Free Range International: On The Border - The military campaign in Afghanistan is going well apparently. I read that last Monday here in the Washington Post so it must be true. But two days ago it took a turn for the worst. I know that to be a fact too because I read it here in the Washington Post. The truth is that it is not terribly important how well the military is doing right now. The military is fighting to do the “Clear” portion of the “Clear, Hold and Build” component which is the backbone of our current counterinsurgency strategy. The people responsible for part of the holding and all of the building are about to head out of the country. President Karzai is determined to implement the ban on private security companies and apparently it has just dawned on the various embassy’s who are funding most of the projects that this time President Karzai is serious. There are now frantic consultations happening in Kabul with the Americans in the lead and they are asking for mountains of information, due in 48 hours... (READ MORE)

Insight of the Moment: End of October and a Case for Adopting Black Cats - We, in the office, are practically euphoric that another calendar month is GONE! Our activities include the daily routine but now there are hints of looking towards the transition, our exit out of this country, and to shaping the future back at Fort Hood. Indicators are an awkward administrative restructuring of the office and talk of what to pass to the "new guys" when they get here. A lot of the NCOs are already getting their new assignments. Lots of excitement in the air. The weather! It is cooler!! Yesterday I took my first afternoon run and the experience was therapeutic. Even though I ran a familiar route the afternoon sun made it feel different. I forgot how much I love running in the afternoon. I will always try to run in the morning because that's when the races are and, you know, "train as you fight!" It sounds, from the banging around next door, that I have a new neighbor. I sure hope she/they can figure out how to be quiet after 2000. Still no roommate but I know that can change. (READ MORE)

IraqPundit: Sadness in Iraq - It's another sad day for Iraqis. An unknown number of people were killed after suicide bombers stormed a Catholic church in Karrada and held at least 100 people hostage. Iraqi antiterrorist forces stormed a church where gunmen had taken close to 100 hostages on Sunday in an afternoon of chaos that became a bloodbath. At least 30 hostages and 7 security officers were killed, and 41 hostages and 15 security force members were wounded, according to a source at the Ministry of the Interior. Officials said on Monday that the death toll had risen to around 50, according to news reports. Some reports say 52 killed, others put the death toll at 67. Officials say al-Qaeda in Iraq was behind the attack. The killers demanded their jailed fellow terrorists be released from prison in exchange for the hostages. Why they attacked a church is not known. Why the murderers thought people attending Sunday services could get their terrorists out of jail is not known. (READ MORE)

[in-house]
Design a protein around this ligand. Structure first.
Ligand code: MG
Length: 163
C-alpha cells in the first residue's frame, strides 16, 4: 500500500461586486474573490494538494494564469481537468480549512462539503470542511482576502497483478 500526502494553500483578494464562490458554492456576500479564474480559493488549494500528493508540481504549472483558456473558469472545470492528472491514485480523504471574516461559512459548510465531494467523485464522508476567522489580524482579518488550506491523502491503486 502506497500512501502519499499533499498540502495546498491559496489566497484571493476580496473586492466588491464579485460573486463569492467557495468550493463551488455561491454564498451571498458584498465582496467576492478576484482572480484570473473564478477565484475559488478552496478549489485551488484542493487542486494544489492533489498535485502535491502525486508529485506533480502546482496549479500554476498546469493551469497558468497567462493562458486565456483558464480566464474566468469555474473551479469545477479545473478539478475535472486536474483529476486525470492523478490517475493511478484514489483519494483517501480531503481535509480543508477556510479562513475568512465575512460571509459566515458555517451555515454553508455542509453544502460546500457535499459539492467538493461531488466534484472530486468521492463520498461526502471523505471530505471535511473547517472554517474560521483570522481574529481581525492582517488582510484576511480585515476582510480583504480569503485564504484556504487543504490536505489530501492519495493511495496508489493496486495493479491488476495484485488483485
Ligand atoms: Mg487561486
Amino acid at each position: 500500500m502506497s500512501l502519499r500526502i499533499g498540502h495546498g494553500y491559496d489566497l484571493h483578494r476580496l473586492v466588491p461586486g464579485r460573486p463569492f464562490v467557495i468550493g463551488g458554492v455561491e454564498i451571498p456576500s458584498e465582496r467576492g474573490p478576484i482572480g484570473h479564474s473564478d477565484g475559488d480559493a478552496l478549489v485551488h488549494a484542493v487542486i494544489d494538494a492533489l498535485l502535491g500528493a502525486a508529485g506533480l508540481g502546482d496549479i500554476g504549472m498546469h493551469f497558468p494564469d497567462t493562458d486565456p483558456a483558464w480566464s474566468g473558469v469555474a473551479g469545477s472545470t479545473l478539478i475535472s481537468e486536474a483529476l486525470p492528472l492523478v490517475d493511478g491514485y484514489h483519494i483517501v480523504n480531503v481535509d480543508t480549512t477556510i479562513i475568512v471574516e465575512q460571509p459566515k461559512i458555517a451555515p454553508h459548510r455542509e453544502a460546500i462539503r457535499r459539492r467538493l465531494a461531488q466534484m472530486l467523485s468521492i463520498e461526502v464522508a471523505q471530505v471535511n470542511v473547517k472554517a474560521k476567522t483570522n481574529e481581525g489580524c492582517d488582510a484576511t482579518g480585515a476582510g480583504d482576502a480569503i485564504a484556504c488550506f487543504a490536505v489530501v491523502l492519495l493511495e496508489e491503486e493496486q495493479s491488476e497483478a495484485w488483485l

IraqPundit: After the Massacre - There have been some efforts to explain the massacre at the church. Explanations maybe, but still no answers. The lawmakers continue to disappoint with their useless responses to just about everything. The Iraqi people are still recovering from Sunday's horror. “They came to kill Iraq, not Iraqis,” said Bassam Sami, who huddled in a room for four hours before security forces managed to free him. “They came to kill the spirit of Iraq. They came to kill the reason to live, every dream that you want to make true.” One thing that is clear, Sunday's attackers were not Iraqi. Survivors said they heard non-Iraqi Arabic dialects, and there were Yemeni and Egyptian passports at the scene. WaPo says the attack was in response to some charges of kidnapping Muslim women in Egypt. The president called for more security at Iraq's churches. And the prime minister, who continues to emulate Baathist tacts, had the Army brigade commander of the area arrested presumably because the massacre took place on the commander's watch. (READ MORE)